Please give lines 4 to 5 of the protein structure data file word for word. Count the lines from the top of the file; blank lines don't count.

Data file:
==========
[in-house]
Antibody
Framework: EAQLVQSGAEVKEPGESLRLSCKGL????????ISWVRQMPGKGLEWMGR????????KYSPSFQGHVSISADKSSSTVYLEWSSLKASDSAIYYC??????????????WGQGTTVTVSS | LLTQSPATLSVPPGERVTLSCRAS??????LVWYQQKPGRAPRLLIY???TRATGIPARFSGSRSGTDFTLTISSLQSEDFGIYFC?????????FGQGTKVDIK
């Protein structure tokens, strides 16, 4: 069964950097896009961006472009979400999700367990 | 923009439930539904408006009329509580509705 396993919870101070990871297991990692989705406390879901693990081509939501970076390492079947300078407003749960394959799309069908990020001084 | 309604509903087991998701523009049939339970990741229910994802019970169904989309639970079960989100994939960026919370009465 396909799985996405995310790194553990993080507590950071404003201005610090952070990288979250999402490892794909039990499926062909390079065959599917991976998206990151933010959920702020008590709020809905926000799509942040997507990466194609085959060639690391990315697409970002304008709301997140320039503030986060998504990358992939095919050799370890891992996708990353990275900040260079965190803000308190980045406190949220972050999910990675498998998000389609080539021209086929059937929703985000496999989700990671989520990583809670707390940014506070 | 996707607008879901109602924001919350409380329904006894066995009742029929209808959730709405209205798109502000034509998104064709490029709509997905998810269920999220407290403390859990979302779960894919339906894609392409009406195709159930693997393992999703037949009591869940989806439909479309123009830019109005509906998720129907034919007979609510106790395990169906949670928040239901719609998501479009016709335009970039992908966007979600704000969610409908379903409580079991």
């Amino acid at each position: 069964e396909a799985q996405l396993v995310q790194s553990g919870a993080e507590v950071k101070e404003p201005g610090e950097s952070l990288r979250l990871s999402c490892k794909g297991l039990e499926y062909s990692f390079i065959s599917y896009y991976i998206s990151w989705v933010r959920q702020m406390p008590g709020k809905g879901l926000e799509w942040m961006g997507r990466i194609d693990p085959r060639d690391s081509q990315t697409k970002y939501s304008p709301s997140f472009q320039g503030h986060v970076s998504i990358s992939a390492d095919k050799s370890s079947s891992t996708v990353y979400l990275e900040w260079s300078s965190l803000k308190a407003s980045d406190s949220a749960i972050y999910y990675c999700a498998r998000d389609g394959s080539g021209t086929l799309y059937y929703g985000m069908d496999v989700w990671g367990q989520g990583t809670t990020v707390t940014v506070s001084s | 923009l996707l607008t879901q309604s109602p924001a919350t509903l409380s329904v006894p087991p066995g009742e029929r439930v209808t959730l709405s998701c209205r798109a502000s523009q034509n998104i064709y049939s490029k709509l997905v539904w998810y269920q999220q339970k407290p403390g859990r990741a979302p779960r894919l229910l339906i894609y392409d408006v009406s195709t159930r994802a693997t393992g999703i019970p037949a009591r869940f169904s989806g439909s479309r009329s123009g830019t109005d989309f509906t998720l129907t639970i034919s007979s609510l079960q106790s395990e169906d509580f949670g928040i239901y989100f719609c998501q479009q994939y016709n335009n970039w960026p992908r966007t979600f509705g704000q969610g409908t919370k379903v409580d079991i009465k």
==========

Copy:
């Protein structure tokens, strides 16, 4: 069964950097896009961006472009979400999700367990 | 923009439930539904408006009329509580509705 396993919870101070990871297991990692989705406390879901693990081509939501970076390492079947300078407003749960394959799309069908990020001084 | 309604509903087991998701523009049939339970990741229910994802019970169904989309639970079960989100994939960026919370009465 396909799985996405995310790194553990993080507590950071404003201005610090952070990288979250999402490892794909039990499926062909390079065959599917991976998206990151933010959920702020008590709020809905926000799509942040997507990466194609085959060639690391990315697409970002304008709301997140320039503030986060998504990358992939095919050799370890891992996708990353990275900040260079965190803000308190980045406190949220972050999910990675498998998000389609080539021209086929059937929703985000496999989700990671989520990583809670707390940014506070 | 996707607008879901109602924001919350409380329904006894066995009742029929209808959730709405209205798109502000034509998104064709490029709509997905998810269920999220407290403390859990979302779960894919339906894609392409009406195709159930693997393992999703037949009591869940989806439909479309123009830019109005509906998720129907034919007979609510106790395990169906949670928040239901719609998501479009016709335009970039992908966007979600704000969610409908379903409580079991």
């Amino acid at each position: 069964e396909a799985q996405l396993v995310q790194s553990g919870a993080e507590v950071k101070e404003p201005g610090e950097s952070l990288r979250l990871s999402c490892k794909g297991l039990e499926y062909s990692f390079i065959s599917y896009y991976i998206s990151w989705v933010r959920q702020m406390p008590g709020k809905g879901l926000e799509w942040m961006g997507r990466i194609d693990p085959r060639d690391s081509q990315t697409k970002y939501s304008p709301s997140f472009q320039g503030h986060v970076s998504i990358s992939a390492d095919k050799s370890s079947s891992t996708v990353y979400l990275e900040w260079s300078s965190l803000k308190a407003s980045d406190s949220a749960i972050y999910y990675c999700a498998r998000d389609g394959s080539g021209t086929l799309y059937y929703g985000m069908d496999v989700w990671g367990q989520g990583t809670t990020v707390t940014v506070s001084s | 923009l996707l607008t879901q309604s109602p924001a919350t509903l409380s329904v006894p087991p066995g009742e029929r439930v209808t959730l709405s998701c209205r798109a502000s523009q034509n998104i064709y049939s490029k709509l997905v539904w998810y269920q999220q339970k407290p403390g859990r990741a979302p779960r894919l229910l339906i894609y392409d408006v009406s195709t159930r994802a693997t393992g999703i019970p037949a009591r869940f169904s989806g439909s479309r009329s123009g830019t109005d989309f509906t998720l129907t639970i034919s007979s609510l079960q106790s395990e169906d509580f949670g928040i239901y989100f719609c998501q479009q994939y016709n335009n970039w960026p992908r966007t979600f509705g704000q969610g409908t919370k379903v409580d079991i009465k």